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North Alabama Strawberry Plants Impacted by Cold, Deer

Clint Thompson Strawberry

By Clint Thompson

The cold weather experienced over Christmas weekend wreaked havoc on strawberry plants in North Alabama.

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Eric Schavey, regional Extension agent in Northeast Alabama, described the impact his growers’ plants incurred during the multiple days of below-freezing temperatures.

“What I’m hearing from some of my strawberry growers is they got out there to put row covers on just to protect them, and with the 35-to-40-mile per hour wind gusts, row covers got torn off,” Schavey said. “Then we had some rain to come in, and they were wet and piled up and frozen. We just had piles of frozen frost cloth laid everywhere. It was not good.

Eric Schavey

“We’re liking these 60-degree (Fahrenheit) days that we’re getting now, because we can get these frost cloths off of our strawberries and see what’s going on.”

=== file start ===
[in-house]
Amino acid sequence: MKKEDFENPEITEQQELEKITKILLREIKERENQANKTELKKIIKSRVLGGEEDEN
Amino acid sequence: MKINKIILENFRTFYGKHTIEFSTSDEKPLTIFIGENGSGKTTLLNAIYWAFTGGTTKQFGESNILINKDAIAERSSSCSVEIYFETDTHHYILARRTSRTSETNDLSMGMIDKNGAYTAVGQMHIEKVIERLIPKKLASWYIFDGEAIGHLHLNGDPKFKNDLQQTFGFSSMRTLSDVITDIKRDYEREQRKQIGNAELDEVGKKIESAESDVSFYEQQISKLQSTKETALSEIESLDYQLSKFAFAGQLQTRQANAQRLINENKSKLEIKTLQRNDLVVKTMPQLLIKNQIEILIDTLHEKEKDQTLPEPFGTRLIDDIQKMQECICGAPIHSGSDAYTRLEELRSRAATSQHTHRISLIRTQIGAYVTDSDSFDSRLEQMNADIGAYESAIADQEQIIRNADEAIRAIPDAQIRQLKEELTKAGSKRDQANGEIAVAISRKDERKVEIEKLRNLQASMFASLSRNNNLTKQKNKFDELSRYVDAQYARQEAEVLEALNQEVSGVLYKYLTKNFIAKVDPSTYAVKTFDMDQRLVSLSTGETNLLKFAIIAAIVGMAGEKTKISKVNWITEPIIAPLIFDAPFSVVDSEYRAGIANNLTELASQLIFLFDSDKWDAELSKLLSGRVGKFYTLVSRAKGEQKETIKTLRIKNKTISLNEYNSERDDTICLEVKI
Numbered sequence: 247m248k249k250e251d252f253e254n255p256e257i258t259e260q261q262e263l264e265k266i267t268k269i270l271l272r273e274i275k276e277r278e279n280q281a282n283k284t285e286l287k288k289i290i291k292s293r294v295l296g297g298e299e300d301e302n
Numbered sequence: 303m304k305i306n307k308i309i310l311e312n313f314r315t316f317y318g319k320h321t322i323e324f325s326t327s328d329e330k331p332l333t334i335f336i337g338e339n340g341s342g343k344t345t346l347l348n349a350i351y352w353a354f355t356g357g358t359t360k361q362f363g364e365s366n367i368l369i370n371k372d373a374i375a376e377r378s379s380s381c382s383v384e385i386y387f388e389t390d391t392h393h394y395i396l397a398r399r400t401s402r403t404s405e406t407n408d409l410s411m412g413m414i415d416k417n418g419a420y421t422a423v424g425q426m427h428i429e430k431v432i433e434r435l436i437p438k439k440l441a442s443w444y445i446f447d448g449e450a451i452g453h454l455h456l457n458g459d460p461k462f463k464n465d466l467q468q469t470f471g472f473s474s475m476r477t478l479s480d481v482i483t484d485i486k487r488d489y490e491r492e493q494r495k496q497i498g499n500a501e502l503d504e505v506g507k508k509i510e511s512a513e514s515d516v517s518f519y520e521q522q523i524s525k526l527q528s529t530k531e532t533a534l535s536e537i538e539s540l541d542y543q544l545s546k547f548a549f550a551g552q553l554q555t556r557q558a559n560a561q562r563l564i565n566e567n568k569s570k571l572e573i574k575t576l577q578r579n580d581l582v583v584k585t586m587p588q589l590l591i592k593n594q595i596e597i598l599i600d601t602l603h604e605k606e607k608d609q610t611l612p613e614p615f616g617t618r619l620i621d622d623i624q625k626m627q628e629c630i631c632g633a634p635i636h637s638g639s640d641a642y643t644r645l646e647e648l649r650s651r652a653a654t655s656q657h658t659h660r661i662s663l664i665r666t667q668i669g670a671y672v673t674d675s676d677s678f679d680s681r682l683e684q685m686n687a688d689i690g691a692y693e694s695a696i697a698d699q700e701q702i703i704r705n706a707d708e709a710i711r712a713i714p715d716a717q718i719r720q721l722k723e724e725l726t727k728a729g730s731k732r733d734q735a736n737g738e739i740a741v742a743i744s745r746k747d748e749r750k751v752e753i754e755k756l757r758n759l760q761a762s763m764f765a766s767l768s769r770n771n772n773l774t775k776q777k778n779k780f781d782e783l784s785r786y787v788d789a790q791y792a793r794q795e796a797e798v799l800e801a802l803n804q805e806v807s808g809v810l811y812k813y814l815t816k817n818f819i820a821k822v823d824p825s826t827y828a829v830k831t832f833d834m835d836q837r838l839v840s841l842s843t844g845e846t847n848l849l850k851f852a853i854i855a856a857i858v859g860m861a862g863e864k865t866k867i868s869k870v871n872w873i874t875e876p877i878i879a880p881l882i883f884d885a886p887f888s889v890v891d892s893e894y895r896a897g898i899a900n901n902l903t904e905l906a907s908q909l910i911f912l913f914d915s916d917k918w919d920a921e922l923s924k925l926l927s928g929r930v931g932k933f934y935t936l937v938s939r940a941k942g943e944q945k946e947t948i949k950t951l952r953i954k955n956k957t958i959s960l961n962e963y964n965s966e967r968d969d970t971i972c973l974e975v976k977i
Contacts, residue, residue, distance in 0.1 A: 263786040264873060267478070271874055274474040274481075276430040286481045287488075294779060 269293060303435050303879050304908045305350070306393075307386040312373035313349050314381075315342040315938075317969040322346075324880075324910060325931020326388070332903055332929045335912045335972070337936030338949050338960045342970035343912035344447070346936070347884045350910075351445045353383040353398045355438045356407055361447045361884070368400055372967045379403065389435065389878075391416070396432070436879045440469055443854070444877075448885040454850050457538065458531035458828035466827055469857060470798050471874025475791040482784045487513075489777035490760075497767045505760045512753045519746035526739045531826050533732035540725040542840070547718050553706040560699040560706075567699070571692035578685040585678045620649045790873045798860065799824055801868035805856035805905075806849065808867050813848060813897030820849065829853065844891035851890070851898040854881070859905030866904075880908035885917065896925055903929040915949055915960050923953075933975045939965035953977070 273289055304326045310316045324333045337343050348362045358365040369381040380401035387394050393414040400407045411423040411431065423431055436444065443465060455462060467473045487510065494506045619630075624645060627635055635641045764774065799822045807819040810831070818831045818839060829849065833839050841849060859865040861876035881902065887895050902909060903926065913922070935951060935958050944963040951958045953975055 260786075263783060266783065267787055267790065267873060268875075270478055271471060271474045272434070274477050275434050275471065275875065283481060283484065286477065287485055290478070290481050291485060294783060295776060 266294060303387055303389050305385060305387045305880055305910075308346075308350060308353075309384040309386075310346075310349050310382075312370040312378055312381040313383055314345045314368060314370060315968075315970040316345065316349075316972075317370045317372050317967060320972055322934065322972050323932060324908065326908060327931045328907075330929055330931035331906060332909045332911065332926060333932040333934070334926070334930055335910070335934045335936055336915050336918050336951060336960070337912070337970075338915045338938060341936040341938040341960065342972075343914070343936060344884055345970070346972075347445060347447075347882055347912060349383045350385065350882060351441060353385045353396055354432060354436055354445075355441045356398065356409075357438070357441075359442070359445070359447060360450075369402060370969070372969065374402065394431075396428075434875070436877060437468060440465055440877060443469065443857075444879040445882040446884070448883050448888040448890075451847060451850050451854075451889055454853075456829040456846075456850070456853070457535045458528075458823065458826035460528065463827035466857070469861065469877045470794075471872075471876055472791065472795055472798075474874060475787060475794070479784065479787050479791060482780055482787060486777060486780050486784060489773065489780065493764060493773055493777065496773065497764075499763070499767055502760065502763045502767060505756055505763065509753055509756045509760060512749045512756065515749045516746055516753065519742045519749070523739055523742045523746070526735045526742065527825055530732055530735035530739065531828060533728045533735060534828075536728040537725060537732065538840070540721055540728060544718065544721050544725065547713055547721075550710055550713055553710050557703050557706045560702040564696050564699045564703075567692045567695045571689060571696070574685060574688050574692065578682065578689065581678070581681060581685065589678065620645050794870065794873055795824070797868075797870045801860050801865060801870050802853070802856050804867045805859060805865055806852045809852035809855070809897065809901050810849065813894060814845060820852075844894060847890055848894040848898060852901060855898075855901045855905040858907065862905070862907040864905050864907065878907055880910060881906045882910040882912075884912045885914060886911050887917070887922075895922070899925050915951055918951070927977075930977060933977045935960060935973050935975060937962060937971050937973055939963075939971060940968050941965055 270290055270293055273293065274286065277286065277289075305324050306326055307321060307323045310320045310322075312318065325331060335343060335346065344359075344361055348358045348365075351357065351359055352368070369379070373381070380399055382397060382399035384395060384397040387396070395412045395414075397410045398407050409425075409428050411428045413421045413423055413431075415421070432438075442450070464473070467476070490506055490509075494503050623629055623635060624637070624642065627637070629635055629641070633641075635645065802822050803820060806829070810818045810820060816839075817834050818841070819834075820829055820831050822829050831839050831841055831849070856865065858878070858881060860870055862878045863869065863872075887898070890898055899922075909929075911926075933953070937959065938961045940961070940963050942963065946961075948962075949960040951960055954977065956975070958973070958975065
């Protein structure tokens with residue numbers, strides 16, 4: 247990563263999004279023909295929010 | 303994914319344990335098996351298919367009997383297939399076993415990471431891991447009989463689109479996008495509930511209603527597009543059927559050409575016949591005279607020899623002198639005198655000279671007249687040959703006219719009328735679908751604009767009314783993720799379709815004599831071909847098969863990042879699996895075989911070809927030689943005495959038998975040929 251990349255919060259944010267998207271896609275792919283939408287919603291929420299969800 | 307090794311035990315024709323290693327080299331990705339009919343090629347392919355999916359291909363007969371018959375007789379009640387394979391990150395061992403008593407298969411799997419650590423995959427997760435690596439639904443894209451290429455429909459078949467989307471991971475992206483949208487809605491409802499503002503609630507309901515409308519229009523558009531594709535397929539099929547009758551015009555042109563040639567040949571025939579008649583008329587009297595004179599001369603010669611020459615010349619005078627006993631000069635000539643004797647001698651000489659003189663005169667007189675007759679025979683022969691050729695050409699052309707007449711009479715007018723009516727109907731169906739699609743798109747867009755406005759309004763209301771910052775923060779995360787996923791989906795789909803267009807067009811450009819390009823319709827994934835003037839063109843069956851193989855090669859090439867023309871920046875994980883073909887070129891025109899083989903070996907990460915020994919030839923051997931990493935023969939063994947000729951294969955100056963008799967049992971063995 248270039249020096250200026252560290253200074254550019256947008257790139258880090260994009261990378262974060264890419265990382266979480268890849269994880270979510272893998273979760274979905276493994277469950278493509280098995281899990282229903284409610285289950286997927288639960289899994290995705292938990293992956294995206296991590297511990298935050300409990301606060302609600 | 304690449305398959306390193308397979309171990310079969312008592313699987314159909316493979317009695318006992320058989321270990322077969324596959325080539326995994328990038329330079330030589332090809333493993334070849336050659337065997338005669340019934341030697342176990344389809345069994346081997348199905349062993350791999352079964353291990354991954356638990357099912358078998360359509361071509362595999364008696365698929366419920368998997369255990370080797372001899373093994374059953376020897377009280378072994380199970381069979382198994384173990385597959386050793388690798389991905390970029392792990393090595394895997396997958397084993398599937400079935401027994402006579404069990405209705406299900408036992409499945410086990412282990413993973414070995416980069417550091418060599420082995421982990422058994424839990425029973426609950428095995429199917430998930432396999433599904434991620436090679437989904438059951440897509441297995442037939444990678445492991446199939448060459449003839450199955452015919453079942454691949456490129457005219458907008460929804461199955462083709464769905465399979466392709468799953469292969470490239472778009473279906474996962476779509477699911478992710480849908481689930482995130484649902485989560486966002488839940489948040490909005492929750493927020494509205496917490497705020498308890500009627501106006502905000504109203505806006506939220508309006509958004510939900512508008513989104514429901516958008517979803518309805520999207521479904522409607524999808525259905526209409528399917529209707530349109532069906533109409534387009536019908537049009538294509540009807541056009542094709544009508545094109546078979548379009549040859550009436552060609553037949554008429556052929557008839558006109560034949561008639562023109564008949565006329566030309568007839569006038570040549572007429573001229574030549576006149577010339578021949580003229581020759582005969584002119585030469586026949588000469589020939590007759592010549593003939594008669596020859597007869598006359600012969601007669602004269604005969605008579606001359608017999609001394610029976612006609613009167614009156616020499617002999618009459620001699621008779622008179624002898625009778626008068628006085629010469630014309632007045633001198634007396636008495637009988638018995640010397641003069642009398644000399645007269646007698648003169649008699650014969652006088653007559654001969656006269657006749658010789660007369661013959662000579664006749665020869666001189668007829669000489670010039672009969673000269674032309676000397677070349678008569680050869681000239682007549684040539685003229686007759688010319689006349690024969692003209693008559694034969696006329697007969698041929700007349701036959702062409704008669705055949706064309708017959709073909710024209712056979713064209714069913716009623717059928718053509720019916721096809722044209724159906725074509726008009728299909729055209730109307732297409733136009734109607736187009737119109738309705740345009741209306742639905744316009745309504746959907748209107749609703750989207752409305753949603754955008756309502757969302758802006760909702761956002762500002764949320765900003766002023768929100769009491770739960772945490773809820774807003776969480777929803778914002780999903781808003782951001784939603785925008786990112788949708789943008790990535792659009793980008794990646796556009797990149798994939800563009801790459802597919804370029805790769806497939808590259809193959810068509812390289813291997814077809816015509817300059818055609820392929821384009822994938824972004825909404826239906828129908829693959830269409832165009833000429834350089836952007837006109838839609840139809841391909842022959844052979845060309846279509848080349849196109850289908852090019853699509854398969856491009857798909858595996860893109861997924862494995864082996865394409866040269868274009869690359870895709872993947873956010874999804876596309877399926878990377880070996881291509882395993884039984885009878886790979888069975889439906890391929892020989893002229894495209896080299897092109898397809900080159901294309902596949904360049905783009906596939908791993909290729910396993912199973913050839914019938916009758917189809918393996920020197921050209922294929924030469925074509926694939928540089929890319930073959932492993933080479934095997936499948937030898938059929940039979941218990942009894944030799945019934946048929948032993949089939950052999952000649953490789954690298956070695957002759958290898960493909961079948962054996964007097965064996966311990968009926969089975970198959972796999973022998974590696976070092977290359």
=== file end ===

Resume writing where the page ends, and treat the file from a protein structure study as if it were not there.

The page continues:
Alabama growers have also dealt with deer feeding on plants. That has compounded the challenges they have faced following Christmas weekend.

“I had one grower that has about 25,000 plants planted, and deer has probably pulled up about 4,000 plants. It’s one thing if they go down through there and bite the tops, but they grab them to bite the tops and they pull the plants up,” Schavey said. “The reason they pull the plant up is we were so dry when we were making our beds, and they didn’t get as firm as we wanted them. When we stuffed the plugs and we do get some moisture in them, the plugs didn’t take really well, and deer is pulling it up when they bite them.”